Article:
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'No complaints' if sacked - Cook

It has been a "hell of a year", in the words of Alastair Cook but he will have to wait a few more days to see if it has been worth it - at least from a personal perspective

It has been a "hell of a year", in the words of Alastair Cook but he will have to wait a few more days to see if it has been worth it - at least from a personal perspective. After England slipped to another heavy defeat to cap off a 5-2 beating by Sri Lanka, Cook admitted that his performances in one-day cricket had not been good enough and that he "could have no complaints" if the selectors decided to relieve him of the captaincy for the World Cup.
In 2014, England have lost four out of five ODI series, with their sole victory coming in the Caribbean when Cook was rested as part of preparations for the World T20. The last time he oversaw victory in a bilateral series was against New Zealand in February 2013.
England's head coach, Peter Moores, and the ECB managing director, Paul Downton, have already given Cook their public backing but the final decision will be taken this week when the World Cup selection is finalised. By the time he turns 30 on Christmas Day, Cook will have been able to digest whether or not he is the man to lead England in Australia and New Zealand.
"No one has got any divine right to play for England, that's the way it should be and my performances this year in the one-day game haven't been good enough," he said. "I can't have any complaints if the decision went against me. It's not been for lack of effort or wanting to try and improve my game I just haven't been good enough this year.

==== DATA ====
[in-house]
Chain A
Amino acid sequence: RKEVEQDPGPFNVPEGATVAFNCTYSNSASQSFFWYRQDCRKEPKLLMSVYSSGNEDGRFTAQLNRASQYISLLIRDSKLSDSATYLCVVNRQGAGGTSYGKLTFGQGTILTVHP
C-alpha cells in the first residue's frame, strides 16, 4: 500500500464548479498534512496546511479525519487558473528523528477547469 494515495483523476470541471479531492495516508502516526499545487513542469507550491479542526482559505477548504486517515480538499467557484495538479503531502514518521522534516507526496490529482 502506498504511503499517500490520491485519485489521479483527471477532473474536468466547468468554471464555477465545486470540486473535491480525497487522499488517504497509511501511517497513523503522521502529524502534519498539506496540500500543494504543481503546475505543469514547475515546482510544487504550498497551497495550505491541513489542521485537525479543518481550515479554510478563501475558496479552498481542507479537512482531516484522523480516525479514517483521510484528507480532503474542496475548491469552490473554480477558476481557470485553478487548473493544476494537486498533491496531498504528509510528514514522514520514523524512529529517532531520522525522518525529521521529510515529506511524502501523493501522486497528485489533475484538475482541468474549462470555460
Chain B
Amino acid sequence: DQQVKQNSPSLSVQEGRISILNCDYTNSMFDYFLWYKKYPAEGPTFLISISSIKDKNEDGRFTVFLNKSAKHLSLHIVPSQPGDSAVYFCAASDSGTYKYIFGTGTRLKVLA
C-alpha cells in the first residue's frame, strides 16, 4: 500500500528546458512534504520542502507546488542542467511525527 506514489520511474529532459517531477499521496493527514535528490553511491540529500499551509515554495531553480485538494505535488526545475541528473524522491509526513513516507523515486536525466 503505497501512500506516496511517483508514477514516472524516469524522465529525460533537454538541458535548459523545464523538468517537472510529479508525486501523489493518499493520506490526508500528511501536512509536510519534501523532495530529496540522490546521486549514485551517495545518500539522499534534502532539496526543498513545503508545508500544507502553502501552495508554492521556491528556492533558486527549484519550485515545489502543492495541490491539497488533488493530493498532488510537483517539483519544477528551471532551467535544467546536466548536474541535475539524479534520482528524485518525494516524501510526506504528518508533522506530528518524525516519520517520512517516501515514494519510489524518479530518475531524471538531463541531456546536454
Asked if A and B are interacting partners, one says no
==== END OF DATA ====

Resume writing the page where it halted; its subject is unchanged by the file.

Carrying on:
"I haven't given it too much thought because if the decision went that way I can't do much about it. I haven't scored the runs I would like to have scored and we haven't won the number of games I would like to have won. So if it happens I could have no complaints but as a leader you take tough days on the chin and hope people are learning from it."
As the team's fortunes have plummeted, so have Cook's returns with the bat. A scratchy 32 in the final Colombo ODI meant he has now scored one fifty in his last 22 innings and it is two-and-a-half years since his last hundred. Cook continues to believe he can turn around his form, suggesting that when the runs finally come it will be in a torrent, and said that he was "incredibly hungry" to lead England in a successful World Cup campaign.
"It's a frustration to us all because away from the middle I've hit the ball as well as I have done, especially on this trip," he said. "The longer that number goes up the more of a worry it is but you do what you always do, keeping trying, working hard as you can at your game and you back yourself to turn the corner. When the floodgates to open it should be good.
"I'm incredibly hungry to do well, I don't like not seeing a job through, and I see a lot of potential in this team. Jimmy and Broady will come back and add some real quality to our bowling attack and we'll go there hopefully in a good frame."
Without James Anderson and Stuart Broad, England's inexperienced attack struggled in Sri Lanka but it was arguably the indifferent form of the senior batsmen that contributed most to defeat. Cook's highest score was 34 from six innings, Eoin Morgan averaged 12.85 and Ian Bell was dropped after two games. England rarely managed to pull together a concerted display but there were impressive individual performances from Moeen Ali, Joe Root, James Taylor and Chris Woakes.
"It's been a hell of a year," Cook said. "We haven't won the games, there's been a big change in personnel within the team and it's been a year of transition, certainly from 15 months ago when we were winning the Ashes at home to what's happened. It's been a year you wouldn't expect but England have found some outstanding cricketers as well."
Providing he is appointed, Cook has not given up hope of England making a better fist of things at the World Cup. "I think we can surprise people," he said. "We're going to have to play better than we have done here. We've got a huge amount of talent in the squad and I think we've made some good strides in certain areas on this tour. We've worked incredibly hard, so yeah, there's no reason why we can't in better conditions for us."

Alan Gardner is an assistant editor at ESPNcricinfo. @alanroderick